A six-member delegation led by Goodwill Ambassador of Uganda to India Renu Varun, recently met Khadi and Village Industries Commission (KVIC) Chairman Vinai Kumar Saxena at his Gandhi Darshan office in Rajghat here and thanked him for the Gandhi Charkha gifted by KVIC – for the Gandhi Heritage Site at Jinja in UgandaTalking with the Chairman, the Goodwill Ambassador also invited him to visit the site in Uganda, where the Gandhian Charkha had been displayed. “In the backdrop of the ‘Gandhi Charakha’ that arrived for the first time ever on the East African soil on the shores of River Nile where Mahatma Gandhi’s ashes were sprinkled and the fact that Uganda is a fine cotton producing country, the Uganda Government underscores the need to support the development of the private sector to become an engine for growth.Since Uganda has an extensive micro, small and medium enterprise (MSME) sub-sector which accounts for approximately 90 percent of the private sector, innovative KVIC programmes like ‘Honey Mission’, ‘Kachchi Ghani oil,’ Tailoring, candle making, spinning and weaving activities can be a vehicle through which the rural poor and the jobless Ugandans can transform themselves tomorrow,” she said, adding, “Uganda eagerly waits to collaborate with KVIC, to fetch some productive output as it can add value to the economy of Uganda.”Meanwhile, the Corroborating similar views, the other delegates including Sheba Kyobutungi (Head, Implementation Youth Desk), Lucy Nakyobe (Permanent Secretary), Lillian Ester Sebedduka (Head, Security Forces Desk), Seruyange Susan (Ministry of Defence, Senior Social Development Officer) and Faridah Nassali (Manager, Presidential Initiative) also said that they were overwhelmed to see the KVIC programmes and its impact on job creation, particularly for women.The delegates, selected by the Ministry of External Affairs, have been invited to India to study the various women empowerment projects being run by KVIC. The delegation also visited the multi-disciplinary training centre of KVIC and spoke to the trainees at incense stick making, tailoring, designing and other units.
Growing a business sometimes requires thinking outside the box. This story originally appeared on Reuters Free Webinar | Sept. 9: The Entrepreneur’s Playbook for Going Global 2 min read President-elect Donald Trump on Wednesday said telecommunications group Sprint Corp. and a U.S. satellite company OneWeb will bring 8,000 jobs to the United States, and the companies said the positions were part of a previously disclosed pledge by Japan’s SoftBank Group Corp.SoftBank holds stakes in both companies and its chief, billionaire businessman Masayoshi Son, earlier in December said he would invest $50 billion in the United States and create 50,000 jobs.Sprint in January said it had cut 2,500 jobs as part of its plan to cut $2.5 billion in costs. On Wednesday it said it would create 5,000 jobs in areas including sales and customer care by the end of its fiscal year ending in March 2018.Sprint spokesman Dave Tovar said the jobs were part of the pledge made by Son but would be funded by Sprint.SoftBank and OneWeb had announced on Dec. 19 that the Japanese company was leading a $1.2 billion funding round.OneWeb plans to use the funds to build a plant in Florida to produce low-cost satellites, creating almost 3,000 jobs at the company and its suppliers.SoftBank described its $1 billion share of the funding as the first tranche of the $50 billion promised by Son in a meeting with Trump.It is not clear whether the $50 billion SoftBank investment would be part of a $100 billion tech investment fund that the head of SoftBank and Saudi Arabia’s sovereign wealth fund had announced earlier in the year.”I was just called by the head people at Sprint and they are going to be bringing 5,000 jobs back to the United States, they are taking them from other countries,” Trump told reporters outside his Mar-a-Lago estate in Florida.”And also OneWeb, a new company, is going to be hiring 3,000 people. So that’s very exciting,” he added.Shares of Sprint Corp., which is 82 percent owned by SoftBank, were barely changed in after-hours trading.(Reporting by Richard Cowan; Additional reporting by Susan Heavey and Heather Somerville; Writing by Ayesha Rascoe and Peter Henderson; Editing by Lisa Shumaker) Register Now » December 29, 2016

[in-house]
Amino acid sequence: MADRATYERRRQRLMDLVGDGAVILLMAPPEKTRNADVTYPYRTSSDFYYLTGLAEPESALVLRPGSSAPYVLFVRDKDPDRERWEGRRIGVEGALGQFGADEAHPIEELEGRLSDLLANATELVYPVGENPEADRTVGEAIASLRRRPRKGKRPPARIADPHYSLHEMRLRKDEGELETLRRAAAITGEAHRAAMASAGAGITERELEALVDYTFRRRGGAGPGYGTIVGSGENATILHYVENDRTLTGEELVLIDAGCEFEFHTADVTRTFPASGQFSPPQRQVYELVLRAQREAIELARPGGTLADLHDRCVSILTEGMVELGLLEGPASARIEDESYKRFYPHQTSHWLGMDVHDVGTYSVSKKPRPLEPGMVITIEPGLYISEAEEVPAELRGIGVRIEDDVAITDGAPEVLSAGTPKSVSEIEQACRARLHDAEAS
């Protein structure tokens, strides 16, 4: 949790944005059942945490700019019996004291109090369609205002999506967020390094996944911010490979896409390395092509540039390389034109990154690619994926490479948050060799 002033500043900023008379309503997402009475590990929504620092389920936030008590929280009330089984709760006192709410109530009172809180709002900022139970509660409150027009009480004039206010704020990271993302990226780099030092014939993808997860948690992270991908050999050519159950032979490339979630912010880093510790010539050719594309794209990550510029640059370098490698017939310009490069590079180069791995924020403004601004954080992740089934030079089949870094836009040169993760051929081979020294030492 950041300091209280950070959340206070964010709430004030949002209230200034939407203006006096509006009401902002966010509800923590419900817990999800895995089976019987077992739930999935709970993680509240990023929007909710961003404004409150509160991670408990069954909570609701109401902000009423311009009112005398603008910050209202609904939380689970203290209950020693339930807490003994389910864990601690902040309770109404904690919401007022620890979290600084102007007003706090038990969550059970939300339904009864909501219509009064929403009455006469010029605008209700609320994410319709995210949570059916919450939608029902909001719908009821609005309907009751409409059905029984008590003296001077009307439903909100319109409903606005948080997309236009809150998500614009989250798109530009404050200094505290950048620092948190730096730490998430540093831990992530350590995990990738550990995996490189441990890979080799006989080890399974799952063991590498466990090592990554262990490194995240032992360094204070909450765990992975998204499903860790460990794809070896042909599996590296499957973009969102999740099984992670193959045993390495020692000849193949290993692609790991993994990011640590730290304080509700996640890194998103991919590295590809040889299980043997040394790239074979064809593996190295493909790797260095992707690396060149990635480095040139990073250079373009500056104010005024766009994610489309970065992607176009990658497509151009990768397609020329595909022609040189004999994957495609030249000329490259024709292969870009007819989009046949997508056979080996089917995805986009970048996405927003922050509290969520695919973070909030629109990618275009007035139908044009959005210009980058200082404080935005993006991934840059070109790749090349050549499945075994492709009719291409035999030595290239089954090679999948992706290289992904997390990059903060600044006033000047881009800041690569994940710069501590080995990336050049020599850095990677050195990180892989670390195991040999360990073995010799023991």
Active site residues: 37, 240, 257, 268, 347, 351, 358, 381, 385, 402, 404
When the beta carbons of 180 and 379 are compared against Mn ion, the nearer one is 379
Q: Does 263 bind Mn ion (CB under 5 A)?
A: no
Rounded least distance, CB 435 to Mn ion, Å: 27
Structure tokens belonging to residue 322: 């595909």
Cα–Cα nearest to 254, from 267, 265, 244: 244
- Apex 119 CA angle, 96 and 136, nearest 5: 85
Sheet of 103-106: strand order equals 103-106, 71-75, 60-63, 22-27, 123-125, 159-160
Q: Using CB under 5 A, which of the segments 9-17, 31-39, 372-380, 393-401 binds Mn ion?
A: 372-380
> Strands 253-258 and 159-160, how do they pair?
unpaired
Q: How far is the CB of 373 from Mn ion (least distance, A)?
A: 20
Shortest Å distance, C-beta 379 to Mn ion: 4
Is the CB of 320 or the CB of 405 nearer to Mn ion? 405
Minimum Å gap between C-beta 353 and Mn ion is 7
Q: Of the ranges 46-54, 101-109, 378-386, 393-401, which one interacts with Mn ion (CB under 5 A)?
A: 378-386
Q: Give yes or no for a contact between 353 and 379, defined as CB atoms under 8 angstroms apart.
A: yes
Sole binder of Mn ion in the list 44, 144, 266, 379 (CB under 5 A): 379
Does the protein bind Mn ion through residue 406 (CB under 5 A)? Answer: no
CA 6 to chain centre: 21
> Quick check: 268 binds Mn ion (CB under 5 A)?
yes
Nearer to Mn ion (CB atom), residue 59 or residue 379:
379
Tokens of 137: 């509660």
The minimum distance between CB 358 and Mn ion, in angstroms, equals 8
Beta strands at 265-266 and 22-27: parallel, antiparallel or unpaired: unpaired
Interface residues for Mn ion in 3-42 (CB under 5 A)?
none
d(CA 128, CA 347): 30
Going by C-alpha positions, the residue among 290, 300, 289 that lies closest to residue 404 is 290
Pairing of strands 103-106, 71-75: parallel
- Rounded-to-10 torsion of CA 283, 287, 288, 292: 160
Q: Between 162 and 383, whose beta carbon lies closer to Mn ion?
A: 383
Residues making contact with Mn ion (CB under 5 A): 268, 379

At the Linux Foundation‘s Open Source Summit in Vancouver, Storj Labs a leader in decentralized cloud storage company, launched their ‘Open Source Partner Program’. This program will enable open-source projects to generate revenue when their users store data in the cloud. The program was launched with the aim to bridge the “major economic disconnect between the 24-million total open-source developers and the $180 billion cloud market” as stated by Ben Golub, Storj’s executive chairman and interim CEO. How does the Open Source Partner program work? Open-source projects simply need to integrate Storj into their existing cloud application infrastructure. Since Storj uses an Amazon Web Services ( AWS) S3 compliant interface, this integration should be easy. Storj provides a blockchain encrypted, distributed cloud storage with facilitates data security, improves reliability, and enhances performance when compared to traditional cloud storage approaches. Using client-side encryption ensures that data can only be accessed by the data owners. While harvesting all these benefits, open-source projects that will use the Storj network will be provided with a continuous revenue stream. 60% of its gross revenue will be given to its storage farmers and 40% will be split amongst open-source developers. Through simple Storj data connectors that will be integrated with their platforms, Storj can track data storage usage. Partners will be given help desk support and tools to test the network’s performance and capabilities. What’s in it for open source companies? Monetization has always been a challenge for open source companies. They ultimately require revenue to sustain themselves. Open source drives a sizable majority of the $200 billion-plus cloud computing market which is inversely proportional to the revenue that currently makes its way directly back to their projects and companies. The ‘Open Source Partner Program’ will help open source companies to grow exponentially and meet other financial-related goals. Ultimately, open source companies – even the ones that only provide free products – require revenue to sustain themselves, and the Storj Open Source Partner Program aims to help. What’s in it for Storj? While this revenue generation program will benefit open source companies, it can also be viewed as an effective marketing strategy for Storj. Open source projects are all the rage these days and the more these companies turn to Storj for decentralized cloud-based solutions, the more popularity and recognition Storj gets. Storj, as well as open source companies, realize the importance of openness, decentralization, and broad-based individual empowerment, which is why this program strikes the perfect balance to support open source projects. The Storj Labs has already won over ten major open-source partners, including Confluent, Couchbase, FileZilla, MariaDB, MongoDB, and Nextcloud, to join its Open Source Partner Program. These partners will be given early, immediate access to the V3 network private alpha. You can get a complete overview of the program on Storj’s blog post. Read Next 5 reasons why your business should adopt cloud computing Demystifying Clouds: Private, Public, and Hybrid clouds Google’s second innings in China: Exploring cloud partnerships with Tencent and others